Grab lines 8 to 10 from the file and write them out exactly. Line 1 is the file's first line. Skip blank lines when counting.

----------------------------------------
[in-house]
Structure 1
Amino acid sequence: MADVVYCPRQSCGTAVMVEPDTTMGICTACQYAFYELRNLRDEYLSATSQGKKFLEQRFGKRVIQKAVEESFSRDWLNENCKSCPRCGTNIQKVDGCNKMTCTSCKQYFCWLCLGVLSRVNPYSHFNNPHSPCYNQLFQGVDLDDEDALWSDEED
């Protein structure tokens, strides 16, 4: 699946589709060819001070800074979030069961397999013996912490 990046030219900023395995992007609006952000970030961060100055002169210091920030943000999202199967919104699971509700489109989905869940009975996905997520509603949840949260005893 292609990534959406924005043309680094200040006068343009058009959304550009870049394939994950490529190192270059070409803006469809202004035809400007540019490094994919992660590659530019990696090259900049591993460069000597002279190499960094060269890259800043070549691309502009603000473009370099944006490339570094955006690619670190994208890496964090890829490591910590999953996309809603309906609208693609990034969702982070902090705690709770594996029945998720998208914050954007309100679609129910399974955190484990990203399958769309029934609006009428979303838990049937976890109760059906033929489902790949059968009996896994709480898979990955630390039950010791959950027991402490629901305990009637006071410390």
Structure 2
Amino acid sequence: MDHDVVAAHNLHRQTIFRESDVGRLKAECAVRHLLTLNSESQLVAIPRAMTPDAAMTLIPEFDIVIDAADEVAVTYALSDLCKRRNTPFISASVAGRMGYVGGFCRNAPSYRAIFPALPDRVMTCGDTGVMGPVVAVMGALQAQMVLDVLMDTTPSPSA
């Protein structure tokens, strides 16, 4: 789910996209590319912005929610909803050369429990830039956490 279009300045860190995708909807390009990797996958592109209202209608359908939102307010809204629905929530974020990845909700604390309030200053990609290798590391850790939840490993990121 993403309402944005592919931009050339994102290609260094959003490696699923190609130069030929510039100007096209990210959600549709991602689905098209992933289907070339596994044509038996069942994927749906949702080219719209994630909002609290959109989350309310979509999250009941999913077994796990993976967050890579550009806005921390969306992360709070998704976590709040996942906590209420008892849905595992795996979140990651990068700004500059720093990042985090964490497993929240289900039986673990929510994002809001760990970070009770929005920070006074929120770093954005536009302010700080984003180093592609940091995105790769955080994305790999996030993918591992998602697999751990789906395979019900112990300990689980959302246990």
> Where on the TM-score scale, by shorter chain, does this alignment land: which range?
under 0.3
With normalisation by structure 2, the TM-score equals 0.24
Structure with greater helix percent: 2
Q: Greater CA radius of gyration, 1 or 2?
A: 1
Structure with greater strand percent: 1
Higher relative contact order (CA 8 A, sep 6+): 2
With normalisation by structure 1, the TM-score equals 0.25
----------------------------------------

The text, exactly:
> Where on the TM-score scale, by shorter chain, does this alignment land: which range?
under 0.3
With normalisation by structure 2, the TM-score equals 0.24